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Catholic priest mediates Mugabe's 'honourable exit'

  • Robert Mugabe was detained in his own home after the military staged a 'bloodless correction' yesterday
  • Deposed 93-year-old holed up with five high-ranking army officers in his £7.5million, palatial residence today
  • Whereabouts of his wife, Grace, remains a mystery, with Namibia refusing to say whether she has fled there
  • A Catholic priest is mediating a potential political exit for Mugabe, but the president 'wants a leadership vote'
  • Army chief visited Beijing last week sparking speculation that he asked China for approval to launch the coup

By MailOnline Reporter

Published: 02:56 EST, 16 November 2017 | Updated: 03:14 EST, 16 November 2017

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Robert Mugabe remains under house arrest today with a Catholic priest mediating the dictator's 'honorable exit' as it emerged Zimbabwe's military may have sought approval for their coup from China.

The deposed 93-year-old was holed up with five high-ranking army officers in his £7.5million, palatial residence, known as the Blue Roof, in the capital Harare.

The whereabouts of his wife, 'Gucci' Grace Mugabe, remains a mystery, with Namibian authorities refusing to confirm or deny that she fled there and some local reports claiming that she had remained by Mr Mugabe's side at the 44-acre, 25-bedroom mansion.

A Catholic priest is mediating a potential political exit for Mugabe, but the veteran leader is insisting he can only be removed via a party leadership vote, political and intelligence sources said today. 

Meanwhile there was speculation today that military chiefs may have asked China for its blessing before launching the coup. 

Robert Mugabe (pictured) remains under house arrest today while the army negotiate the dictator's 'honorable exit' as it emerged Zimbabwe's military may have sought approval for their coup from China
Robert Mugabe (pictured) remains under house arrest today while the army negotiate the dictator's 'honorable exit' as it emerged Zimbabwe's military may have sought approval for their coup from China

Robert Mugabe (pictured) remains under house arrest today while the army negotiate the dictator's 'honorable exit' as it emerged Zimbabwe's military may have sought approval for their coup from China

Last night, it emerged that Zimbabwean army commander General Constantino Chiwenga, who appears to have taken control of the country had visited Beijing last week. He is pictured shaking hands with Chang Wanquan, the Chinese minister of defence
Last night, it emerged that Zimbabwean army commander General Constantino Chiwenga, who appears to have taken control of the country had visited Beijing last week. He is pictured shaking hands with Chang Wanquan, the Chinese minister of defence

Last night, it emerged that Zimbabwean army commander General Constantino Chiwenga, who appears to have taken control of the country had visited Beijing last week. He is pictured shaking hands with Chang Wanquan, the Chinese minister of defence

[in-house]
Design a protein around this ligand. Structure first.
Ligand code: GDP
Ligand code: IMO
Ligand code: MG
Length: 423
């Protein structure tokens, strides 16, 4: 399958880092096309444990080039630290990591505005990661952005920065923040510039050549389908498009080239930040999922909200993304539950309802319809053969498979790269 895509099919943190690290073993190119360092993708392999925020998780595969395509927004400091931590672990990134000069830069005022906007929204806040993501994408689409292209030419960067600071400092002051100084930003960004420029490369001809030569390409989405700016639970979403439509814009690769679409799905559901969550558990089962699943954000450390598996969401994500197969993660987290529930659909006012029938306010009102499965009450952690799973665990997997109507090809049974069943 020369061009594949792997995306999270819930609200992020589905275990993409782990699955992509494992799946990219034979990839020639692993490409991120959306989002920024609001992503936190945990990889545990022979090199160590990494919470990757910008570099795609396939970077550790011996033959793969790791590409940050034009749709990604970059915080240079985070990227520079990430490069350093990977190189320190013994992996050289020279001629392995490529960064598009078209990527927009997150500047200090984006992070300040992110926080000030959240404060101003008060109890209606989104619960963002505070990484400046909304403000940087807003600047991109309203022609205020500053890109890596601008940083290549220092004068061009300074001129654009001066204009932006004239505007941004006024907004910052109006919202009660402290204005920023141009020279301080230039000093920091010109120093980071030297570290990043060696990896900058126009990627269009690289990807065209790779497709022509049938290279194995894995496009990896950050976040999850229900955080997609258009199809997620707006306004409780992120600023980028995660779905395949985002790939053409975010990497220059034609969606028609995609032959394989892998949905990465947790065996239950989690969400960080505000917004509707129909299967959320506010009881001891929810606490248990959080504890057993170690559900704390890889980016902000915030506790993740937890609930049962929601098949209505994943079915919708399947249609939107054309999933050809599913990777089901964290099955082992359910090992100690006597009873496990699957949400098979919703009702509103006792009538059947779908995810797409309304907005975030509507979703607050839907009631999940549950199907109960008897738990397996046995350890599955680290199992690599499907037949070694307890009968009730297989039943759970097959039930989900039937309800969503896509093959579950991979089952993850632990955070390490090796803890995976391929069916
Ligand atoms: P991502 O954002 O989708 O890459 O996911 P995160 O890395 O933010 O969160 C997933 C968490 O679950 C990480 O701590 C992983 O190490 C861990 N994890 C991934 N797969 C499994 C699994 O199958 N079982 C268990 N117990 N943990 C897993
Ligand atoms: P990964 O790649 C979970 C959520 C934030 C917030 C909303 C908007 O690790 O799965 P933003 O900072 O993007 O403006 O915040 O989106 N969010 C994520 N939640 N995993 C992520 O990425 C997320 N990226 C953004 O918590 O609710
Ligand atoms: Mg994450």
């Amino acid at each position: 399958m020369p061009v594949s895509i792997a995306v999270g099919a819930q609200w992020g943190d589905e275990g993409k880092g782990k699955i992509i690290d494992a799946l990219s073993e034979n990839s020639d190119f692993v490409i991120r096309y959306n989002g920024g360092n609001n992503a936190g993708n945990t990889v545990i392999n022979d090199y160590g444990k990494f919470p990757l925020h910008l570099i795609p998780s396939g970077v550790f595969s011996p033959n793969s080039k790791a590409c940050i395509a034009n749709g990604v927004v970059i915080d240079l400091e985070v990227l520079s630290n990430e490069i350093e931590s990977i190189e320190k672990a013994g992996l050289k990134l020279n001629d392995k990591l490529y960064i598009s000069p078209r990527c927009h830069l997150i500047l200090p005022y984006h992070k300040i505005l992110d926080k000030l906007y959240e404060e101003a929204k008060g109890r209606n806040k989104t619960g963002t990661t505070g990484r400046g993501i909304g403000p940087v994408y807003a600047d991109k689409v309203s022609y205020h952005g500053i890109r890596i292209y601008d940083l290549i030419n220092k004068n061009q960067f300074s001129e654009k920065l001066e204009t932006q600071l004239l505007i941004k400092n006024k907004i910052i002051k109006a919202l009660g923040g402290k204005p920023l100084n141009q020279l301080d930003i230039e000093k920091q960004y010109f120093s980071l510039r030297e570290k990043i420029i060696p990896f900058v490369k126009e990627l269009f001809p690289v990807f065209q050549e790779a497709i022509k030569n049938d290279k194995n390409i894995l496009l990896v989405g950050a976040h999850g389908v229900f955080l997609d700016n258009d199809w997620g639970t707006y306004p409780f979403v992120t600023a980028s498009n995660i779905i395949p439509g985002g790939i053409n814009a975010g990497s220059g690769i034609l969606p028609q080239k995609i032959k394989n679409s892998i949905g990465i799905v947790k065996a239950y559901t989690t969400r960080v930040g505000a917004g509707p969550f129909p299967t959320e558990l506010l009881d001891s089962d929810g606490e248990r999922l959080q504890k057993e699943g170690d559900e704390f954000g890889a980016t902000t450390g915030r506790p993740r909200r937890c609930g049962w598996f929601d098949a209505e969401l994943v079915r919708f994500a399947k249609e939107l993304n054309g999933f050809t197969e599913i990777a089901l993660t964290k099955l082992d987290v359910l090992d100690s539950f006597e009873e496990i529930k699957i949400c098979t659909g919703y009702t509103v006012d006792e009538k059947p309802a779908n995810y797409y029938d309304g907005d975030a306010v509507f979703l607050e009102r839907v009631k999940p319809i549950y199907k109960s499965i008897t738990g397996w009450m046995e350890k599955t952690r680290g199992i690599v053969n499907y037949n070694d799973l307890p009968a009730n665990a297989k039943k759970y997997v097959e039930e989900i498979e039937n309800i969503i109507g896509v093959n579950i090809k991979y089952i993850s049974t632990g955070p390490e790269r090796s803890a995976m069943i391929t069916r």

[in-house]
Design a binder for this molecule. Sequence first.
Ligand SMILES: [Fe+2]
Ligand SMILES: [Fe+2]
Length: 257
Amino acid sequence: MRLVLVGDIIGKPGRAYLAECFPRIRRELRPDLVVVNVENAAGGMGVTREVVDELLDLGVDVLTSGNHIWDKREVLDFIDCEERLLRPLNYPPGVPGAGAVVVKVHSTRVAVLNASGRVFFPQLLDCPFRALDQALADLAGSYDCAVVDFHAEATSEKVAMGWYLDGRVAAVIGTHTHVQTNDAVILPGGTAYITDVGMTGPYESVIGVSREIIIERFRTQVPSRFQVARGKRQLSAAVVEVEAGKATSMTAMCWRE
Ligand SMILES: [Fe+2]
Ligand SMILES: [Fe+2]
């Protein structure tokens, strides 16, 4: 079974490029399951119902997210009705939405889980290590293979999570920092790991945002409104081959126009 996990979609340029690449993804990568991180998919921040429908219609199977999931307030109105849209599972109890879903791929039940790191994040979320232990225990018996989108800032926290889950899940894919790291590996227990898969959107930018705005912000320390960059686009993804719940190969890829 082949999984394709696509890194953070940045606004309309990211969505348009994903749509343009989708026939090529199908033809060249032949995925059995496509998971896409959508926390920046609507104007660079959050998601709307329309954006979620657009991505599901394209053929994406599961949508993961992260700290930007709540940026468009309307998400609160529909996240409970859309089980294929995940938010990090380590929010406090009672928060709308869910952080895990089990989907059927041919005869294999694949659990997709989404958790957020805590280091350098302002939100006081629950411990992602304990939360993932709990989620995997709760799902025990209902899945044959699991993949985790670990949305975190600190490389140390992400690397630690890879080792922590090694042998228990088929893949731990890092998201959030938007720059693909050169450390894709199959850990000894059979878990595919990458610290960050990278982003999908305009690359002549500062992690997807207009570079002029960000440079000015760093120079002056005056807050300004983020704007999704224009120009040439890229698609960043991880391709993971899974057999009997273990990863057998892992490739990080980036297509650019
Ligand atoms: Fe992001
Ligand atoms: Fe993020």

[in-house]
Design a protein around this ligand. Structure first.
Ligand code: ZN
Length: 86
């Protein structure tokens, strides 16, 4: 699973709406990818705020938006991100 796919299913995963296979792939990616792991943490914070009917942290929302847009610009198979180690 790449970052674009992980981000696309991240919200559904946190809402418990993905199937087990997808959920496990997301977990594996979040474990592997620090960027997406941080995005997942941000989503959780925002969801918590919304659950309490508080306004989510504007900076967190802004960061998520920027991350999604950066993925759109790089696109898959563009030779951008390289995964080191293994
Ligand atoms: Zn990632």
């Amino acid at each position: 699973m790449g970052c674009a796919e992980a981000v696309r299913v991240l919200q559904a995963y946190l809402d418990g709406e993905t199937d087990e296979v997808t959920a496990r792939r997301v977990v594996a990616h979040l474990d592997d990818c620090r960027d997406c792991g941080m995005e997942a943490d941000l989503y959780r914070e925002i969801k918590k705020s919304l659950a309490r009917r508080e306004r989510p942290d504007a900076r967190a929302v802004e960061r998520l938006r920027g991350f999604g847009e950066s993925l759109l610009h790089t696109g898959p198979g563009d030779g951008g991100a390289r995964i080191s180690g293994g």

The Chinese military held a welcoming ceremony for General Constantine Chiwenga during his visit last week. China's Foreign Ministry has said that the visit was merely a 'normal military exchange'
The Chinese military held a welcoming ceremony for General Constantine Chiwenga during his visit last week. China's Foreign Ministry has said that the visit was merely a 'normal military exchange'

The Chinese military held a welcoming ceremony for General Constantine Chiwenga during his visit last week. China's Foreign Ministry has said that the visit was merely a 'normal military exchange'

The deposed 93-year-old was holed up in his £7.5million, palatial residence, known as the Blue Roof in the capital Harare as with five high-ranking army officers. Tanks and soldiers were seen on the streets of the city yesterday

The whereabouts of the 93-year-old's wife, 'Gucci' Grace Mugabe (right), remains a mystery, with Namibian authorities refusing to confirm or deny that she fled there and some local reports claiming that she had remained by Mr Mugabe's side at the 44-acre, 25-bedroom mansion, known as the Blue Roof 
The whereabouts of the 93-year-old's wife, 'Gucci' Grace Mugabe (right), remains a mystery, with Namibian authorities refusing to confirm or deny that she fled there and some local reports claiming that she had remained by Mr Mugabe's side at the 44-acre, 25-bedroom mansion, known as the Blue Roof 

The whereabouts of the 93-year-old's wife, 'Gucci' Grace Mugabe (right), remains a mystery, with Namibian authorities refusing to confirm or deny that she fled there and some local reports claiming that she had remained by Mr Mugabe's side at the 44-acre, 25-bedroom mansion, known as the Blue Roof 

Robert Mugabe is under house arrest in his palatial mansion (pictured), a sprawling 44-acre estate with 25 bedrooms
Robert Mugabe is under house arrest in his palatial mansion (pictured), a sprawling 44-acre estate with 25 bedrooms